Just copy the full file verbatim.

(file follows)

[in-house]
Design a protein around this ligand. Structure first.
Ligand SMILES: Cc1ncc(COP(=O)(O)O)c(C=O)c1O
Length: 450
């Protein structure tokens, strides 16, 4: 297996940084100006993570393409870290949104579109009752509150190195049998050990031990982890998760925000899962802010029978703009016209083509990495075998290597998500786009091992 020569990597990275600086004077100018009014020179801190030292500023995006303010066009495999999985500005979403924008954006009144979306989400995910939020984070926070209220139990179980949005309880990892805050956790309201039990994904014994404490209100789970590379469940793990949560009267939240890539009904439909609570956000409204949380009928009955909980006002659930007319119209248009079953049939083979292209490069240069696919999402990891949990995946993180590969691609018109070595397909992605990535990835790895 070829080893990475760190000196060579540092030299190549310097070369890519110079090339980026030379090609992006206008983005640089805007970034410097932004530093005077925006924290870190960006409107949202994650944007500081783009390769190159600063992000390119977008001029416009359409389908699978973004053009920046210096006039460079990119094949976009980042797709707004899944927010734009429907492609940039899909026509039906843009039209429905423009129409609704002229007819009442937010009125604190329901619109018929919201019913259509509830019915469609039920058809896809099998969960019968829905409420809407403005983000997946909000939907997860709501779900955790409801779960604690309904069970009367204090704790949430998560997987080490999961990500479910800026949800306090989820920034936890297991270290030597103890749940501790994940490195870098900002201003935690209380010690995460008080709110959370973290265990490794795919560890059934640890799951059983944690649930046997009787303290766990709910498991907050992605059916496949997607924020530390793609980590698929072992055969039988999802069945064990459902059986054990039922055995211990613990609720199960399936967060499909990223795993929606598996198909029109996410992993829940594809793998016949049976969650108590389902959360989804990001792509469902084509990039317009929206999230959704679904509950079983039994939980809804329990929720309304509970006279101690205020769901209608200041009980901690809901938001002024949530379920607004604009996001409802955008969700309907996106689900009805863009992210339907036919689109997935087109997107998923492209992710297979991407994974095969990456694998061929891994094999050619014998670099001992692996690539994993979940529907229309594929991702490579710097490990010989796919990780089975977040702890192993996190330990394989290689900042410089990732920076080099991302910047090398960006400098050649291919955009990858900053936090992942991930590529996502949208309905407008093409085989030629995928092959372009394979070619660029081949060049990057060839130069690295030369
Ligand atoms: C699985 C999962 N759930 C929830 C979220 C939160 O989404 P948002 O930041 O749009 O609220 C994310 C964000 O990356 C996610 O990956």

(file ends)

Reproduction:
[in-house]
Design a protein around this ligand. Structure first.
Ligand SMILES: Cc1ncc(COP(=O)(O)O)c(C=O)c1O
Length: 450
């Protein structure tokens, strides 16, 4: 297996940084100006993570393409870290949104579109009752509150190195049998050990031990982890998760925000899962802010029978703009016209083509990495075998290597998500786009091992 020569990597990275600086004077100018009014020179801190030292500023995006303010066009495999999985500005979403924008954006009144979306989400995910939020984070926070209220139990179980949005309880990892805050956790309201039990994904014994404490209100789970590379469940793990949560009267939240890539009904439909609570956000409204949380009928009955909980006002659930007319119209248009079953049939083979292209490069240069696919999402990891949990995946993180590969691609018109070595397909992605990535990835790895 070829080893990475760190000196060579540092030299190549310097070369890519110079090339980026030379090609992006206008983005640089805007970034410097932004530093005077925006924290870190960006409107949202994650944007500081783009390769190159600063992000390119977008001029416009359409389908699978973004053009920046210096006039460079990119094949976009980042797709707004899944927010734009429907492609940039899909026509039906843009039209429905423009129409609704002229007819009442937010009125604190329901619109018929919201019913259509509830019915469609039920058809896809099998969960019968829905409420809407403005983000997946909000939907997860709501779900955790409801779960604690309904069970009367204090704790949430998560997987080490999961990500479910800026949800306090989820920034936890297991270290030597103890749940501790994940490195870098900002201003935690209380010690995460008080709110959370973290265990490794795919560890059934640890799951059983944690649930046997009787303290766990709910498991907050992605059916496949997607924020530390793609980590698929072992055969039988999802069945064990459902059986054990039922055995211990613990609720199960399936967060499909990223795993929606598996198909029109996410992993829940594809793998016949049976969650108590389902959360989804990001792509469902084509990039317009929206999230959704679904509950079983039994939980809804329990929720309304509970006279101690205020769901209608200041009980901690809901938001002024949530379920607004604009996001409802955008969700309907996106689900009805863009992210339907036919689109997935087109997107998923492209992710297979991407994974095969990456694998061929891994094999050619014998670099001992692996690539994993979940529907229309594929991702490579710097490990010989796919990780089975977040702890192993996190330990394989290689900042410089990732920076080099991302910047090398960006400098050649291919955009990858900053936090992942991930590529996502949208309905407008093409085989030629995928092959372009394979070619660029081949060049990057060839130069690295030369
Ligand atoms: C699985 C999962 N759930 C929830 C979220 C939160 O989404 P948002 O930041 O749009 O609220 C994310 C964000 O990356 C996610 O990956």